Aug 19 2021

4 Considerations for Long-Term One-to-One Programs

You gave every student a laptop during the pandemic. Now, most are returning to campus. Are your networks and systems prepared?

One-to-one programs in higher education are starting to trend as colleges and universities see the value of offering devices and laptops for student success. That said, these programs are not a light undertaking and require a thoughtful approach.

At the start of the pandemic, higher education institutions rushed to buy and circulate a large number of devices. However, it takes more than that to run a successful and permanent one-to-one program. Emergency remote learning won’t suffice for the new academic year, and emergency one-to-one programs won’t be adequate either.

Here are some key considerations for strategically managing these laptops and devices on and off campus.

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1. Upgrading Networks Before Students Return to Campus

It’s time to consider whether campus networks can support this influx of devices and laptops. After all, your campus could be seeing a 50 percent increase in laptops.

Students who didn’t have laptops worked in libraries before the pandemic. But when everyone has the convenience of a laptop, you need to prepare for an increase in students using the internet in residence halls. Some may be streaming hybrid classes from their dorm rooms.

To find out if you need to increase wireless access points in dormitories, it’s best to conduct a wireless site survey and wireless health check. A site survey gives you a roadmap for designing an optimal wireless network for your specific institution. Where might potential interference be coming from? Where are the potential coverage issues? A site survey can recommend solutions for any problems with networks.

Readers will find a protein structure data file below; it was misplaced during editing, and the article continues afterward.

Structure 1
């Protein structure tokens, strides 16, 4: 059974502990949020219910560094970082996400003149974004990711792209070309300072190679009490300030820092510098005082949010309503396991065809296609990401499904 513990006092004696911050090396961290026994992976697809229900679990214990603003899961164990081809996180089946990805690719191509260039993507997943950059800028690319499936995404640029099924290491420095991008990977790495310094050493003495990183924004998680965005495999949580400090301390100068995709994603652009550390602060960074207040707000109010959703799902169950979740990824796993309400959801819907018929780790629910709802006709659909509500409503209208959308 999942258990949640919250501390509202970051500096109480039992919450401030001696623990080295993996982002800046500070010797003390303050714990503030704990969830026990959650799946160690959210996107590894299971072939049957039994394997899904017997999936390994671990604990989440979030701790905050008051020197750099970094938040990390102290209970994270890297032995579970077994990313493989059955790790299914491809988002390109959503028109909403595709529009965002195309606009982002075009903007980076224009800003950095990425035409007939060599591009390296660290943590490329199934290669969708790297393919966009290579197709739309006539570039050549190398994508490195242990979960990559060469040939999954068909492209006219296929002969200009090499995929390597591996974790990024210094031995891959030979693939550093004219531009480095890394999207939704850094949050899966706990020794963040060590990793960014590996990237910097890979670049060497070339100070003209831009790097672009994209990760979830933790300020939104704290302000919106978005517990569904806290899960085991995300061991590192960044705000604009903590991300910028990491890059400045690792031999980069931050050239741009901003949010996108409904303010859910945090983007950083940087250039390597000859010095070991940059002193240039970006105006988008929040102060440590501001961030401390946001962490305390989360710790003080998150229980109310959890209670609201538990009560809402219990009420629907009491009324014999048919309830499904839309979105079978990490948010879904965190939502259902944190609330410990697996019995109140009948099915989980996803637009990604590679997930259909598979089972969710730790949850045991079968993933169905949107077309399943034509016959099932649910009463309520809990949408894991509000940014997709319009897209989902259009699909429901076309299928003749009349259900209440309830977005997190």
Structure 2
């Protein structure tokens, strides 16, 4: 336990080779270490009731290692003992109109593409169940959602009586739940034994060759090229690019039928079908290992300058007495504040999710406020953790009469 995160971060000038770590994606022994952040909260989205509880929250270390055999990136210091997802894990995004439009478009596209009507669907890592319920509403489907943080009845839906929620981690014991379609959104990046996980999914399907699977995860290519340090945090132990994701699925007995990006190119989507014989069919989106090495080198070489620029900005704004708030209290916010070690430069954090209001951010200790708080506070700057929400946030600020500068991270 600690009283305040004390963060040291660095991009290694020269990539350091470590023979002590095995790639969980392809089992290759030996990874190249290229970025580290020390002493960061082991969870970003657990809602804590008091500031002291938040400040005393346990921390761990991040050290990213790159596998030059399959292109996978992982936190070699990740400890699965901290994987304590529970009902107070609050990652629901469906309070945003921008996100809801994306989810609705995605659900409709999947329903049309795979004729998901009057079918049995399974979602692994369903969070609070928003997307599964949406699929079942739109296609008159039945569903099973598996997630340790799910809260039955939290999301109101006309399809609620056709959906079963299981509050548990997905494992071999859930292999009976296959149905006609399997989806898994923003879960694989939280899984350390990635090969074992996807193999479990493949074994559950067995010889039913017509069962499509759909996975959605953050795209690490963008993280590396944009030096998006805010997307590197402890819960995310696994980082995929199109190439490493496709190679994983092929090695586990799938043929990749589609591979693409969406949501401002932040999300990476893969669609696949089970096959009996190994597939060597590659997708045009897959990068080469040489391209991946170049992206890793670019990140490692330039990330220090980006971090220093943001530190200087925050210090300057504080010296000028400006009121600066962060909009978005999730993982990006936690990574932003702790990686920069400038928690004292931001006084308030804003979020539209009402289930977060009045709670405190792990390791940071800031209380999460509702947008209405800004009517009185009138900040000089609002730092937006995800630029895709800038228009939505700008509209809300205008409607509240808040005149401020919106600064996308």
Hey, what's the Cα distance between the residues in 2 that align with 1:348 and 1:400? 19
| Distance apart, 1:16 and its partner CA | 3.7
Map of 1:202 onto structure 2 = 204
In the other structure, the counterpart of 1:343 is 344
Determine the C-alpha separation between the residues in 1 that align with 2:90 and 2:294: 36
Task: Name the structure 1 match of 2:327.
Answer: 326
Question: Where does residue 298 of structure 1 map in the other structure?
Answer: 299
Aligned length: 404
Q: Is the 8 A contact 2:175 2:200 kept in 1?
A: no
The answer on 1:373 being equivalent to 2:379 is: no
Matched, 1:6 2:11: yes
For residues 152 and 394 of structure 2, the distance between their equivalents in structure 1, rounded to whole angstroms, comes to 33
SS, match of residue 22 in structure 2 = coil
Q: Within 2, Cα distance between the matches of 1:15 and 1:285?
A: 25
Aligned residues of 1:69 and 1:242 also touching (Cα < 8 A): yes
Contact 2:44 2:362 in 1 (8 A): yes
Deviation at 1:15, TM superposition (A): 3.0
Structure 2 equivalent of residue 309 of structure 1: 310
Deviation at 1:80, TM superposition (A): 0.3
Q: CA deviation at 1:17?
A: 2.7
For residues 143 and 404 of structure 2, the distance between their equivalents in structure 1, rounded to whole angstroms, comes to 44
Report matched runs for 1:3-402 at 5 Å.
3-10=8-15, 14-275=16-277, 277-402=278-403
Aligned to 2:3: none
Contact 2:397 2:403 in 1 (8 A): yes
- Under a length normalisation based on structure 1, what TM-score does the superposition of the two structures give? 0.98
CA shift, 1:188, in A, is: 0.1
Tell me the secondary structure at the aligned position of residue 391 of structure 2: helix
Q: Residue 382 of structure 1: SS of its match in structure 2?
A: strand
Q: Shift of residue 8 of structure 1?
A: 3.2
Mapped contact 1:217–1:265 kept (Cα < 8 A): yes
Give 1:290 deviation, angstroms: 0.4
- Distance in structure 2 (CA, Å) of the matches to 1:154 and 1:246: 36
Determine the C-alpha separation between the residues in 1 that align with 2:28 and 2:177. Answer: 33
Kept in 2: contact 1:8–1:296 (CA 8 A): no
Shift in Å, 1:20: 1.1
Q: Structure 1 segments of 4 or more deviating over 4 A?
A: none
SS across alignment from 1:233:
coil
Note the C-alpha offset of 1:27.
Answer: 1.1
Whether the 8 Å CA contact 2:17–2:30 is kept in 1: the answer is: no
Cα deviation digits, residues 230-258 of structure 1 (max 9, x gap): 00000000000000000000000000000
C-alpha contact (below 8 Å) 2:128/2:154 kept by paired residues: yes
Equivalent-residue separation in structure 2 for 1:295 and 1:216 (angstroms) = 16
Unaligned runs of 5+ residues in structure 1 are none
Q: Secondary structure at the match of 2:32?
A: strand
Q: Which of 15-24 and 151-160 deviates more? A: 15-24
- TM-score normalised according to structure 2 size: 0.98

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2. Preparing to Secure a Growing Number of Devices

When there are more connected devices, there are more opportunities for hackers. To address these security risks, it’s important to ensure that wireless networks can verify users and encrypt transmitted data.

If your IT department does not have the bandwidth to tackle this effectively, working with a partner like CDW•G can help. We have certified solution architects who can understand your goals, requirements and budgets. After conducting assessment reviews of your existing environments, we can offer detailed vendor evaluations and recommendations.

We also provide future design and proof of concept for configurations and deployment of the solution chosen. Our solution architects offer a full-stack experience by supporting every phase of the process, including ongoing lifecycle support.

RELATED: How universities are improving remote device security.

3. Maintaining and Managing Laptops and Devices

Do you have a plan for when laptops and devices break on campus? What about students who are streaming classes from out of state? To prevent learning loss, you need to have detailed and strategic plans for these scenarios.

We helped Shenandoah University get devices and laptops to remote students across the country, and we similarly can handle replacements for lost, stolen or damaged laptops in disparate locations.

4. Building Community and School Pride

Most important, your one-to-one program should create a sense of community.

After all, the purpose of these programs is to help students succeed. That message needs to be effectively communicated to those who are on campus and those who are learning from afar.

At Shenandoah University, we helped pass that message to students by taking care of custom imaging, laser engraving and kitting. We made sure that all incoming freshmen received their devices with a welcome letter that included a variety of custom logo stickers, which created an instant connection with students miles away.

It all starts with a strategic plan — and a partner that can execute it.

This article is part of EdTech: Focus on Higher Education’s UniversITy blog series.

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